New help planned for families of missing people
The families of missing people would be given extra help to manage a loved one’s affairs under government proposals.
The measures, now subject to consultation, would create a new power allowing relatives of missing people to take care of their legal and financial affairs following a disappearance – for example, being able to suspend direct debits for mobile phone and utility bills or to make mortgage payments.
The move follows the introduction of certificates of presumed death, which can be applied for by relatives from 1 October 2014. The equivalent of a death certificate, these will enable families to resolve a loved one’s affairs when they have gone missing and are presumed dead, seven years after they disappeared.
The proposed measures would allow relatives to look after a missing person’s estate during the time before they can apply for a certificate of presumed death.
Official figures suggest that around 280,000 people in England and Wales and around 33,000 in Scotland go missing each year, although the vast majority return or are found very quickly.
Launching the consultation, Justice Minister Lord Faulks QC said: “The sudden disappearance of a loved one, perhaps without any obvious explanation, is a traumatic event for even the most resilient.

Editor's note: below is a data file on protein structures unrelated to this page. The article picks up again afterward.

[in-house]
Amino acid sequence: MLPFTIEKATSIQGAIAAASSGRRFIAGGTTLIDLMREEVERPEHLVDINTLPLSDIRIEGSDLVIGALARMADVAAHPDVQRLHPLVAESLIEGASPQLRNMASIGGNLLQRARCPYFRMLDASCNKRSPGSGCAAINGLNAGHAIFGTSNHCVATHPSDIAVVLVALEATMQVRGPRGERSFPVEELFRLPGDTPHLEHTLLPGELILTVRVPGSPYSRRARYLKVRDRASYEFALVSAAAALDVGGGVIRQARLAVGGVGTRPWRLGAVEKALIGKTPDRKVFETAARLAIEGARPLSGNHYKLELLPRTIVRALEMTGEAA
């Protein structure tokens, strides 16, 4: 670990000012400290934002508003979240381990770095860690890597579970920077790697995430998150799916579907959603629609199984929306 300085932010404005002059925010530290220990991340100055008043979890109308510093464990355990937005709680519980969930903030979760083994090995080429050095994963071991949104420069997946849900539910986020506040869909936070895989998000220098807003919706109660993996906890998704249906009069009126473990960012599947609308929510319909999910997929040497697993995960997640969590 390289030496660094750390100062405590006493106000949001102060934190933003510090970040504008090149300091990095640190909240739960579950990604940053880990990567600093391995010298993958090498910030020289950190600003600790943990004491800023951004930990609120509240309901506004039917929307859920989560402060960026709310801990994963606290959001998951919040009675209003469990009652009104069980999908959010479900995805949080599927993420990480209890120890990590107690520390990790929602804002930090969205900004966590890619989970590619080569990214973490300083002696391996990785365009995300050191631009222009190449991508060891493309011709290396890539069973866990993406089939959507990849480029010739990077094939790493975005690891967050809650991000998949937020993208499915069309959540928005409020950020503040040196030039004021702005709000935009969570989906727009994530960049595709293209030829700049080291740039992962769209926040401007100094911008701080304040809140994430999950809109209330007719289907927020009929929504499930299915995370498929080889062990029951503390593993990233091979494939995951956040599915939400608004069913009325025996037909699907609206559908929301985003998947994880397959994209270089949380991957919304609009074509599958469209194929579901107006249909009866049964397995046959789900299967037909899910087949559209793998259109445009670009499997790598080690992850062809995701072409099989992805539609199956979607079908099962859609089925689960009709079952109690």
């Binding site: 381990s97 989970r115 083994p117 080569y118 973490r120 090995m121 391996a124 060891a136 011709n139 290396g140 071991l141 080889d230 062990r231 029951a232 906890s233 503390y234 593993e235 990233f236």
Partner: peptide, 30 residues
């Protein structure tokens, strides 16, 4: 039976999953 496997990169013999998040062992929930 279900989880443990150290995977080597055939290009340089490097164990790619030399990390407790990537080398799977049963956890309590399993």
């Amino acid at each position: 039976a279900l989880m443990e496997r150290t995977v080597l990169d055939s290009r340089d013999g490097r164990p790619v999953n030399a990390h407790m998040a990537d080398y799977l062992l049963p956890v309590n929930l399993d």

“The emotional and personal problems caused by absences of several months or even years are all too obvious, but they can be compounded by the practical consequences of the disappearance.”
The Ministry of Justice consultation, which will run until 18 November, is seeking views on whether a system should be created under which a person can be appointed as a guardian to deal with the property and affairs of a missing person and, if so, how and on what terms.
Proposals set out in the consultation include:
- that the appointment will be made by the court on application by an interested person after an absence of at least 90 days
- the appointment will give the guardian the authority to act for the missing person in relation to his or her property and affairs, subject to any limits imposed by the court
- the guardian will have to act in the best interests of the missing person
- the appointment will be for a period of up to four years with the possibility of extension for a further four
- the guardian will be required to account for his or her actions to a supervisory body.